How to get to Congaree National Park: The park is 105 miles northwest of Charleston via I-26 W, I-95 N and a handful of country highways.

Explore the Charleston County Sea Islands

Paddling, learning and sunbathing – all of these are options on the close-packed barrier islands south of Charleston. On St James Island, tours of McLeod Plantation delve into the lives of the plantation’s former owners and the enslaved African Americans who lived and worked here. The centuries-old Angel Oak Tree on Johns Island is one of the oldest living organisms east of the Mississippi River. Just south, Kiawah Beachwalker Park is the only publicly accessible beach on swanky Kiawah Island. Rent a bike to cycle on 10 miles of sand or take a kayaking tour to explore the island’s coastal marshes. If you prefer history over sand, head to Wadmalaw Island to tour the Charleston Tea Garden, the only tea plantation in the country. 

How to get to the Charleston County Sea Islands: From Charleston, take US 17 S to Folly Rd Blvd. Turn left and follow it to Country Club Dr and McLeod Plantation. Follow SC-700 W to reach the Angel Tree and the tea garden. Turn left at SR 10-20 from SC-700 W to reach Kiawah.

Brookgreen Gardens in Myrtle Beach, South Carolina, USA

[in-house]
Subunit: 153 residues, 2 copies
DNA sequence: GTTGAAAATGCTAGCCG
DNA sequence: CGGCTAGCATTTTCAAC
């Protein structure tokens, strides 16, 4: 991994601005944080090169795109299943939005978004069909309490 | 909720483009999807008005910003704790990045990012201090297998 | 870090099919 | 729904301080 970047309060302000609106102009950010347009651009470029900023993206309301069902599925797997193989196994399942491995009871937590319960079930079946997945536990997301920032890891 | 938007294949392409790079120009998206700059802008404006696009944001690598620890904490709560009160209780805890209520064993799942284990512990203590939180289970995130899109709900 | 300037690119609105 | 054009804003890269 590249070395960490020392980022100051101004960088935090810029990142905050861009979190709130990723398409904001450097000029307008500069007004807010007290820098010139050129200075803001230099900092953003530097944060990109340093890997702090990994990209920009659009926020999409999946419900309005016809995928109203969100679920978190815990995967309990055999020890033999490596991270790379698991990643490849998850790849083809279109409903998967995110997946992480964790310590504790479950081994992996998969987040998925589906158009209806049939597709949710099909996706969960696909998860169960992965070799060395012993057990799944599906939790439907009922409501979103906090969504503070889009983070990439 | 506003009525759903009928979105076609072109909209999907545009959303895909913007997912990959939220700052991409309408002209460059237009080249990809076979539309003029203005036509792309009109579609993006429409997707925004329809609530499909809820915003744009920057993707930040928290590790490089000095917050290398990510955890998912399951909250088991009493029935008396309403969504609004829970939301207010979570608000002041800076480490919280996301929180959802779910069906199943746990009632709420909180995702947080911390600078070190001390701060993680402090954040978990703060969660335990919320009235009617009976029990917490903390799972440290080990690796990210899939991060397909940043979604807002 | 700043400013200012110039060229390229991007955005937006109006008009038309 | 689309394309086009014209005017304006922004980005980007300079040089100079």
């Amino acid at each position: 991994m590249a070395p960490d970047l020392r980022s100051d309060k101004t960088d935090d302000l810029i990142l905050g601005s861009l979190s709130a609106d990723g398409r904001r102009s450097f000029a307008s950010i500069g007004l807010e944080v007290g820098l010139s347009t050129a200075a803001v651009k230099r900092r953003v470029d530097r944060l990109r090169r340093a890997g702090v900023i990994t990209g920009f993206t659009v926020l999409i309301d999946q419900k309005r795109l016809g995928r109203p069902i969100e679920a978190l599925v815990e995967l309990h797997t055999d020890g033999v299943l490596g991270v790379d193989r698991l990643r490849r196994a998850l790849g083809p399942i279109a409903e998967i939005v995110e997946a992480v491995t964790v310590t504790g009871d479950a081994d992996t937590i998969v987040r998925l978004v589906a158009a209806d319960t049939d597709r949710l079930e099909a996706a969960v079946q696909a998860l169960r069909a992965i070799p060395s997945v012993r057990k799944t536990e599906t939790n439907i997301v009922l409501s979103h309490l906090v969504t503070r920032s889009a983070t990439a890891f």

The beautiful Brookgreen Gardens is on the site of a former rice plantation ©

Unwind at Brookgreen Gardens

Home to an enchanting collection of botanical gardens dotted with statues, Brookgreen Gardens is a wonderful place to escape the crowds and immerse yourself in nature and art. Encompassing more than 9,000 acres – on former rice plantations – the sprawling gardens display the largest collection of American figurative statuary in the US. An alley of 250-year-old live oaks anchors the various gardens, staking out a local claim with appealing grandiosity. The gardens are perhaps most stunning during the Night of 1000 Candles, when candles and lights illuminate the grounds. Seasonal blooms are listed on the website. For delicious Southern comfort food, head to the Rustic Table in nearby Pawleys Island.

How to get to Brookgreen Gardens: The Gardens are in Murrells Inlet, 80 miles north of Charleston via US 17N. Myrtle Beach is 16 miles north of the Garden.

Columbia, SC illuminated at night
The downtown area in Columbia, South Carolina's capitol city has recently been revitalized © Henryk Sadura/Getty Images

See what’s new in Columbia

The state capital and home of the University of South Carolina, Columbia is on a hot streak. The revitalized Main Street District is home to a slew of new restaurants as well as whimsical public art, a globe-spanning collection at the Columbia Museum of Art and the beloved Nickelodeon arthouse theater. The popular Soda City Market stretches across a four-block stretch of Main St on Saturday mornings. At the Riverbanks Zoo & Gardens, considered one of America’s top zoos, you can check out lions, giraffes and penguins before ziplining over the Saluda River. For craft beer, try Hunter-Gatherer Brewery at the Hangar. Head to Bourbon for Cajun-Creole fare and your favorite whiskey. The city’s Pimento Cheese Passport recommends 14 places to try the delectable cheese spread. 

How to get to Columbia: Follow I-26 west to exit 115 then follow US 321 N to Columbia, which is 115 miles from Charleston.